Tag Archives: bare feet

Finding bliss in bare, naked feet

26 Dec

In my earliest childhood memories I am running out of the house headed for the backyard, my bare feet slapping a scorching ground. Inside the house, a pair of white-patent leather MaryJanes have been discarded.

My grandmother yells after me to put on my shoes. Young ladies with any decorum and education always wear shoes, I am constantly reminded. Bare feet are for the poor or those lacking social manners and upbringing.

I fight this battle for years. I long to walk with bare feet, but I am scolded for doing so. My feet are wide and not happy in shoes fashioned for narrow feet.

I lose the battle. A lifetime is spent squeezing my feet into unhappy circumstances: platforms, wedgies, spikey heels, narrow-toed mules, boots that crunch my achilles and torture my toes. Blisters and callouses come and go; and the end of work days is marked by the glorious removal of too-tight shoes — the intake and release of breath coordinated to that moment when leg muscles and ankle tendons return to natural states.

Formal affairs feature the obligatory exchange: “Can you walk any faster?”  my husband asks, enjoying the stroll from the car in his sensible men shoes. I limp along, summoning the words of Carrie Bradshaw:  These shoes pinch my feet but I love them.

And then the yoga journey takes hold.

Each morning, I step onto my mat, feet bare to the world, and ground them down into the Earth. I close my eyes and feel the monumental weight of my being bearing down on the heels and mounds of my feet. I lift the toes and spread them wide, a span immeasurable separates the big toe from the little toe and I stand firm. I feel the energy rising from under my mat, up my legs and through my being. I stand tall and strong, unwavering.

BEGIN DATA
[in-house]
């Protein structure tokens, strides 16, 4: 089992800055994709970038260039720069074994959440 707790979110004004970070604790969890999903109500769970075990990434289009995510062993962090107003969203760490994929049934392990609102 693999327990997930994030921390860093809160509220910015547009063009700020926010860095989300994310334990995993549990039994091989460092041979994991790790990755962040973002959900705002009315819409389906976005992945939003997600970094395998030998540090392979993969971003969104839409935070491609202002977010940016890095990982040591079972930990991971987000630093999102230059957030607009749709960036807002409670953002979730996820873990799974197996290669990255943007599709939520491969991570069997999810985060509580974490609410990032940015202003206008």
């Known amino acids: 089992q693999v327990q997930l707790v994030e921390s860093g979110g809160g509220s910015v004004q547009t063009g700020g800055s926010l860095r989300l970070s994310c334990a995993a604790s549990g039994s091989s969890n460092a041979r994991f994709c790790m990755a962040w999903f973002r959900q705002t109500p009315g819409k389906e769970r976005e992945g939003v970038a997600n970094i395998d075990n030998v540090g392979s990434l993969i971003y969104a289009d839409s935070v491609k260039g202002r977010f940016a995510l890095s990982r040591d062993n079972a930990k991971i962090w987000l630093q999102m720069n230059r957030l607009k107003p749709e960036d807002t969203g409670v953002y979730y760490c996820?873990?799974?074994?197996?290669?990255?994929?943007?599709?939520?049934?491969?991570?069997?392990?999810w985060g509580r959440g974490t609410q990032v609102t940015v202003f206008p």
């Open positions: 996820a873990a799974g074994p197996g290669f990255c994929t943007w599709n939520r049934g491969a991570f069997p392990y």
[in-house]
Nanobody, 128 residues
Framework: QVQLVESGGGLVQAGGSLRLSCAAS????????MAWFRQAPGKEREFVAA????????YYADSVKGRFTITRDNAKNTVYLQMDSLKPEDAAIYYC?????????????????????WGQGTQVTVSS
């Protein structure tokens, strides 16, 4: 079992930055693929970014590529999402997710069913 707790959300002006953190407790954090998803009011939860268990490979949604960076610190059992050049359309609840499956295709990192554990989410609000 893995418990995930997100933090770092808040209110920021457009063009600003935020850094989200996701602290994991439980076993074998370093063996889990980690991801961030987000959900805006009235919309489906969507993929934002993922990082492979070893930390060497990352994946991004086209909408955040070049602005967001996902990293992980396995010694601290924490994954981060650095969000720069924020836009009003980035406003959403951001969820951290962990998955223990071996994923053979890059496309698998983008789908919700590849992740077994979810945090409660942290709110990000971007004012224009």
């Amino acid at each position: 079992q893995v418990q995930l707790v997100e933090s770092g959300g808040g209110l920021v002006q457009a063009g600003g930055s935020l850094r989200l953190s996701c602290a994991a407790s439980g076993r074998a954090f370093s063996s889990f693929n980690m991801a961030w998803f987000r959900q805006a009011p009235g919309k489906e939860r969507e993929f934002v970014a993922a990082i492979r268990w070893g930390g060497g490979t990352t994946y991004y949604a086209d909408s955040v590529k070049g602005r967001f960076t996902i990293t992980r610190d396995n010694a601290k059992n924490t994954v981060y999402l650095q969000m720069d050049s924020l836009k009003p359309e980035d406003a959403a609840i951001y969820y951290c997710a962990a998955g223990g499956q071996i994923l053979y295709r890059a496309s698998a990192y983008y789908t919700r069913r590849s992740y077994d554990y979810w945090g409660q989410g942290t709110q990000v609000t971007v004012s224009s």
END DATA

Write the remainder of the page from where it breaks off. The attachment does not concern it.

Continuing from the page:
A few years ago, a colleague told me she had never in her life walked barefooted. She passed away not long after that and to this day, I am saddened thinking she never felt sand or cool wet grass, or the spring of hardwood floors under her feet.

These days, I have a  stack of shoe boxes in my basement, their contents the shoes I collected over the years in search for a misguided sense of fashion and decorum. I intend to give them away — although, frankly, I don’t wish them on anyone.

It has taken a lifetime to once again relish the feel of bare soles against wood, tile, earth. I tell my yoga students that every standing pose begins with the feet. We walk up to the tops of our mats, our feet bare, and draw that powerful energy from underneath. We stand with bare feet at the top of our mountains, proudly. The integrity of our triangles, tree poses and half moons depend on the strength and resolve of our arches, toe mounds, heels.

The girl who once ran out of house without shoes laughs again.

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